Due to the importance of volatility in the modern financial markets, researchers at the tastytrade financial network sought to better understand the behavior and sensitivity of VXX, UVXY, and SVXY relative to the VIX.

The graph below shows historical movement in each of the four volatility products the last time there was a significant spike in volatility (the end of 2018). Highlighted in the large red square is the unique way that each of the four products responded to rising uncertainty:

Looking at the individual lines of data in the above graph, one can see that the behavior of movement in each of the products does correspond with (to some degree) what one might expect during an expansion of volatility. 

One thing that sticks out in the chart is the degree to which the VXX and UVXY lagged the VIX, especially since they are intended to “replicate” its return (particularly the UVXY which seeks 1.5x the return). However, an understanding of the mechanics of these products does help to explain this somewhat unexpected behavior. 

VXX and UVXY use VIX futures to achieve their mandate, meaning administrators of these products are constantly required to roll existing positions into the new VIX futures month(s) when the old ones expire. Mechanically, this often results in selling the lower-priced, near-term VIX future, in favor of simultaneously buying a longer-dated VIX future that often comes with a higher price tag.

It’s this reality (selling low and buying high) that produces the “drag” effect illustrated in the chart above, and helps explain why VXX and UVXY were more muted in their response to the market chaos observed at the end of 2018. 

Looking at SVXY, we see that it performed somewhat as expected – moving in the opposite direction of the VIX. Given the SVXY target of a -0.5x return on the VIX (i.e. reduced exposure), the less jagged behavior also makes sense.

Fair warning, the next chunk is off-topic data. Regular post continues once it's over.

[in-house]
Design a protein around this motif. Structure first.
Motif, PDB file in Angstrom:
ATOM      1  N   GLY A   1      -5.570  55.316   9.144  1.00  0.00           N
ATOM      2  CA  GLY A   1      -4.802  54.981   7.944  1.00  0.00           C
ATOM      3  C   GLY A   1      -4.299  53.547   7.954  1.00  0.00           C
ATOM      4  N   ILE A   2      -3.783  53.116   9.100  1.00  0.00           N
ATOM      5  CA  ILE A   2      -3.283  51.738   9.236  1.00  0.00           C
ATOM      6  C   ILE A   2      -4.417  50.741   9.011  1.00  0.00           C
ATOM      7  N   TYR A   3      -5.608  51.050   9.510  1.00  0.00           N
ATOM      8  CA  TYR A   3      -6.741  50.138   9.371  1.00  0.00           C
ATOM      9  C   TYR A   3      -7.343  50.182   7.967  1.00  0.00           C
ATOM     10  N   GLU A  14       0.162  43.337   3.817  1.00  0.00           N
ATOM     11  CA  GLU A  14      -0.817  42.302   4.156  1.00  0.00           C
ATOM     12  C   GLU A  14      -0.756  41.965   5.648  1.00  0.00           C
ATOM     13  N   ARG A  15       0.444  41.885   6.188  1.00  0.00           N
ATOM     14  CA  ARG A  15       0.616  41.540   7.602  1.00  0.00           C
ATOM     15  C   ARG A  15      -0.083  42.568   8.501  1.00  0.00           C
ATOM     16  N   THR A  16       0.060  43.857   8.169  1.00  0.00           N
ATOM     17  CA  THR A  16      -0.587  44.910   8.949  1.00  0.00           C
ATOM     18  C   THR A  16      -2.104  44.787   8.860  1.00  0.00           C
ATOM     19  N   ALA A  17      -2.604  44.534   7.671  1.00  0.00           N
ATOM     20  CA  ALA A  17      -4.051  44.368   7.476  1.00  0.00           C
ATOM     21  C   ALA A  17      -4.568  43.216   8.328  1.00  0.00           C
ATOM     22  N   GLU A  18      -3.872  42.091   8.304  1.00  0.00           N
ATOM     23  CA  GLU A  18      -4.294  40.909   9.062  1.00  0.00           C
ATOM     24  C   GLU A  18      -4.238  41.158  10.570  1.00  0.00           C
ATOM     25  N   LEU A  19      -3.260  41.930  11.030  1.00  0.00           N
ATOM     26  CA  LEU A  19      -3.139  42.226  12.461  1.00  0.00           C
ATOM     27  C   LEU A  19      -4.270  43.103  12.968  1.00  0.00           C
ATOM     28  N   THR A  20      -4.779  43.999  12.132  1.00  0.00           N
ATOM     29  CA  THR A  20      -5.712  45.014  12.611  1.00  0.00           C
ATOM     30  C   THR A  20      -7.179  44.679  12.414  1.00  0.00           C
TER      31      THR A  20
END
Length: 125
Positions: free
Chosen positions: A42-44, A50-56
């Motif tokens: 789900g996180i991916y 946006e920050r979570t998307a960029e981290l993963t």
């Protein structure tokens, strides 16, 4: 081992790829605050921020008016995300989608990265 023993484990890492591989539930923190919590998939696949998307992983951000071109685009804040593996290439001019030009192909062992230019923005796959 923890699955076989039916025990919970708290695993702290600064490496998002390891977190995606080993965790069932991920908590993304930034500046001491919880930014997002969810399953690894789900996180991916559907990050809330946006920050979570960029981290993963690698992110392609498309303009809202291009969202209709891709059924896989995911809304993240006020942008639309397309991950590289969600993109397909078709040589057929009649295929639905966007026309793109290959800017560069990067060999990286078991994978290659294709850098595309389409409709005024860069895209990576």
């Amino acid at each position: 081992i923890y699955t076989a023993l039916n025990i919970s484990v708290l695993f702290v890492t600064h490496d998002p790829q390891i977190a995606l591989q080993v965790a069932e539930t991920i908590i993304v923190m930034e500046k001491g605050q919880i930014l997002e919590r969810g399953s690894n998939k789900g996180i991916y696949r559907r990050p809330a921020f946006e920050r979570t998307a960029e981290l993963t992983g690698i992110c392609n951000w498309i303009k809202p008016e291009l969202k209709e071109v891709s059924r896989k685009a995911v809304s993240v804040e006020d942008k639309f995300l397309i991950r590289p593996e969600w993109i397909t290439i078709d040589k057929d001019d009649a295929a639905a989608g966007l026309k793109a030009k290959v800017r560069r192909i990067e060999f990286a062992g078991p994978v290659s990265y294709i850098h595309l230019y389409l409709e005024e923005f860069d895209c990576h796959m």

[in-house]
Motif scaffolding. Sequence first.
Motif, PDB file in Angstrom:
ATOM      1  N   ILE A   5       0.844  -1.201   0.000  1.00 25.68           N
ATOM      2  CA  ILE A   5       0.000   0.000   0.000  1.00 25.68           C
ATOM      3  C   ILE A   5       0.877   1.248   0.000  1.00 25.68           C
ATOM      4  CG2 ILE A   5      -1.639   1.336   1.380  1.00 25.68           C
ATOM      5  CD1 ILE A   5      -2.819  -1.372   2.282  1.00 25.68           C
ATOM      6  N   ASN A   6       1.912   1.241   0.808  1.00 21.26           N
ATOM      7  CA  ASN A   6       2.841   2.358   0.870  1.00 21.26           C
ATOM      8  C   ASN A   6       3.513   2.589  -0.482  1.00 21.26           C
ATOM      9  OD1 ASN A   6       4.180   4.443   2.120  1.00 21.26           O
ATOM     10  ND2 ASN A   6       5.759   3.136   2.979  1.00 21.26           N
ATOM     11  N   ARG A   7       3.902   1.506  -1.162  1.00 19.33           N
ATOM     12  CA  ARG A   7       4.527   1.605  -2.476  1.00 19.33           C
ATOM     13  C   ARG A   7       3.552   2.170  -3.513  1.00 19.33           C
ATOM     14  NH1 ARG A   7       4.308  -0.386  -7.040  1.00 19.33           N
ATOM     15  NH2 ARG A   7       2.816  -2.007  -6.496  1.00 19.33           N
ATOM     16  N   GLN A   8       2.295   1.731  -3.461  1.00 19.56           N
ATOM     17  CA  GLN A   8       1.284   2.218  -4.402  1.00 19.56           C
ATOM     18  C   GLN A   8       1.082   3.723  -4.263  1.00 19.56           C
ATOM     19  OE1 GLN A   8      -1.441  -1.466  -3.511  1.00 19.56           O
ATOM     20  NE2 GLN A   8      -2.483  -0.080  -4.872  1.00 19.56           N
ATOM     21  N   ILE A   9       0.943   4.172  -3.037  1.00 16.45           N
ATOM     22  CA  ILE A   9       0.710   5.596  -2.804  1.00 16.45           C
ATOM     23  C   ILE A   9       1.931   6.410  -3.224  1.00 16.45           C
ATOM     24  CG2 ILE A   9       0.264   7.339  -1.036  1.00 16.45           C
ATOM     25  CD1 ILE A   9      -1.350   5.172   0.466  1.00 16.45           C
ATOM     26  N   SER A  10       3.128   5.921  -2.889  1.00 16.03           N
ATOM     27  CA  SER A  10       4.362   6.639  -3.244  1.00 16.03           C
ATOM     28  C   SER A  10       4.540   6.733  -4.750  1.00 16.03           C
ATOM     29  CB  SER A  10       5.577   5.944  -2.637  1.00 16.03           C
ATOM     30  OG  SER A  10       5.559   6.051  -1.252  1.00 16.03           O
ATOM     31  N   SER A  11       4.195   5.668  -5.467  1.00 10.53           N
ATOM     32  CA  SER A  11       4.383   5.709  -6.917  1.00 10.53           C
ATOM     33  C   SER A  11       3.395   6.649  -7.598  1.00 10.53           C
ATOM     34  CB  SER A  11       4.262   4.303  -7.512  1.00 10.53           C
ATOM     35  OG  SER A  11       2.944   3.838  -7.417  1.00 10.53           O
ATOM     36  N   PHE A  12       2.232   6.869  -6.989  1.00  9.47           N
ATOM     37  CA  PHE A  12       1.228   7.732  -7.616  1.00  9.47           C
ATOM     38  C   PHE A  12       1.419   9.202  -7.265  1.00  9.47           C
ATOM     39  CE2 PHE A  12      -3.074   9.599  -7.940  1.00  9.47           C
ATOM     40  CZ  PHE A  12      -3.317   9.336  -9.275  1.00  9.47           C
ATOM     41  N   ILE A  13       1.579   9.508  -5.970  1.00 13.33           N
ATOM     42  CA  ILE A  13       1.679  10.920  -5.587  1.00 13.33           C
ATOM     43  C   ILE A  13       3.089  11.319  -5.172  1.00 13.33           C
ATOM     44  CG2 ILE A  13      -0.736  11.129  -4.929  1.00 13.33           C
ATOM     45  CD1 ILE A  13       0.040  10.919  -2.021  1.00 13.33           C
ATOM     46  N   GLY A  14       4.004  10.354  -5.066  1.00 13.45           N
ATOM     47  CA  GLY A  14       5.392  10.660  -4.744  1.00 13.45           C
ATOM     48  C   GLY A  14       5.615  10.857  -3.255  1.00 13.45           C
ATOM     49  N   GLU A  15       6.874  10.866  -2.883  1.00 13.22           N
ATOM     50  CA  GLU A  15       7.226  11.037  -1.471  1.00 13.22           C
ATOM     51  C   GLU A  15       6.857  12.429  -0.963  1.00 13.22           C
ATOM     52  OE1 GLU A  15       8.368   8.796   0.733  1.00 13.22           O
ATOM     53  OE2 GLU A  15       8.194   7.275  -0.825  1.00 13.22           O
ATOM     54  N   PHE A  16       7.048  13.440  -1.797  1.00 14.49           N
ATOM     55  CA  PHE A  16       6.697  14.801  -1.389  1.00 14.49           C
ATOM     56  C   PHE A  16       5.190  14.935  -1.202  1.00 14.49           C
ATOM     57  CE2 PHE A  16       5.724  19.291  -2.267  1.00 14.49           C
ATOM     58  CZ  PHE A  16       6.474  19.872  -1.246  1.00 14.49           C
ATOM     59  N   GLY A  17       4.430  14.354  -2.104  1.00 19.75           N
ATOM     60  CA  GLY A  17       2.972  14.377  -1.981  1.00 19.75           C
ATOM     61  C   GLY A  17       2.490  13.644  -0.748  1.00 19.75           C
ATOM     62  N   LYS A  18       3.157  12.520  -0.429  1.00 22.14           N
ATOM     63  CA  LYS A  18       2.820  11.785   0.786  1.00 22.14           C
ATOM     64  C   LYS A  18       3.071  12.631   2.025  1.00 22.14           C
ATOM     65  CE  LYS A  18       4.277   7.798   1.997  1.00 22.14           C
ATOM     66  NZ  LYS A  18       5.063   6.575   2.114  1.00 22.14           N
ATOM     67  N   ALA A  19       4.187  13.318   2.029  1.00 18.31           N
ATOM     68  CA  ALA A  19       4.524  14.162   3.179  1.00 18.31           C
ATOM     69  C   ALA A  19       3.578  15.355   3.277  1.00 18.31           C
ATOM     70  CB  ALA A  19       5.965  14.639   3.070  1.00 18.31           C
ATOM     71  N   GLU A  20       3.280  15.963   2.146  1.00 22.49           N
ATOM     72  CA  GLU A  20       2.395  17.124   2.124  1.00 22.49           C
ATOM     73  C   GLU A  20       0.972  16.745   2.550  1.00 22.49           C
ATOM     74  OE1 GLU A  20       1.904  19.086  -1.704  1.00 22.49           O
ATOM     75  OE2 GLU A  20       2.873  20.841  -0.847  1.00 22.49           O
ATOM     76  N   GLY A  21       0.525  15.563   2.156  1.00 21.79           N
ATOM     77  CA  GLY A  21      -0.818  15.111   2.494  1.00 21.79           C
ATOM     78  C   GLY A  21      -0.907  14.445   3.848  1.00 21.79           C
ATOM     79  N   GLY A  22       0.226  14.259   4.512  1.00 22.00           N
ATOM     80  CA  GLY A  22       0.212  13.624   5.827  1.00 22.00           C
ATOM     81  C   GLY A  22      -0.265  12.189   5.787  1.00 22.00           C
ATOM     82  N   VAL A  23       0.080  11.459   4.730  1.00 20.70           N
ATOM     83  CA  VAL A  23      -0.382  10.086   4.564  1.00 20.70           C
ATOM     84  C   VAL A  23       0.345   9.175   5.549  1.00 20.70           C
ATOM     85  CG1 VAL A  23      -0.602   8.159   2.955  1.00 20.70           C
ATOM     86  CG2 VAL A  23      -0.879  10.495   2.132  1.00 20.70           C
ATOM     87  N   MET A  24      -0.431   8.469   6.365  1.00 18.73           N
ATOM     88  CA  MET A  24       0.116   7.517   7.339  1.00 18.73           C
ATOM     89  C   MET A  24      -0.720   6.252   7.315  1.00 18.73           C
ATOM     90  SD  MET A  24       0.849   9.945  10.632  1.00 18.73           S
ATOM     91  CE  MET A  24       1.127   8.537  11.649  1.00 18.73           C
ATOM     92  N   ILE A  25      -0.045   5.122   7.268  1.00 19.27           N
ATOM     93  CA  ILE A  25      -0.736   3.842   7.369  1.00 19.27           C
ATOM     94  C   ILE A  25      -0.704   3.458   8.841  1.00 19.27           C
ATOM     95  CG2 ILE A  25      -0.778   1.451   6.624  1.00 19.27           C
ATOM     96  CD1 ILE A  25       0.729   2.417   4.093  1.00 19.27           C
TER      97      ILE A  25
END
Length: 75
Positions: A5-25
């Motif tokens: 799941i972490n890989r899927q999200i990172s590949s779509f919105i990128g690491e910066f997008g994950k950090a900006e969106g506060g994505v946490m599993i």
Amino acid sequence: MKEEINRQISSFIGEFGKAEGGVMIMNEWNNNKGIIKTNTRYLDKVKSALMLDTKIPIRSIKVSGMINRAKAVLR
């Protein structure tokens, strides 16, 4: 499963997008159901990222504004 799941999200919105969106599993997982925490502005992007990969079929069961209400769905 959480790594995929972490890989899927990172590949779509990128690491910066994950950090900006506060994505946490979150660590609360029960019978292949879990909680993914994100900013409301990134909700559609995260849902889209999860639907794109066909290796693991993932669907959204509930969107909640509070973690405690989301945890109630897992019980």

Moving past the above historical snapshot of movement in the four products, researchers at tastytrade next decided to analyze the sensitivity of the four products in various market environments. In order to conduct this analysis, the Market Measures team utilized historical data in each going back to 2012. 

The first slide below summarizes how each of the four products moved on average during “down” days in the S&P 500 since 2012. The second slide provides a look at the same data on “up” days in the S&P 500 over the same time frame.

In general, the findings from this investigation appear to reflect what many might expect from each of the products, in terms of their respective behavior relative to the VIX.

One notable takeaway is how the expected behavior of the UVXY appears to be confirmed in both slides. No matter whether it was an “up” or a “down” day, the UVXY tended to experience a higher magnitude move than the VIX – proving that it indeed tends to achieve its 1.5x return mandate.

To learn more about the volatility product landscape, readers may want to review the complete episode of Market Measures focusing on this topic when scheduling allows. Information relating to the historical performance of short VIX strategies is also available here.

Sage Anderson is a pseudonym. The contributor has an extensive background in trading equity derivatives and managing volatility-based portfolios as a former prop trading firm employee. The contributor is not an employee of Luckbox, tastytrade or any affiliated companies. Readers can direct questions about topics covered in this blog post, or any other trading-related subject, to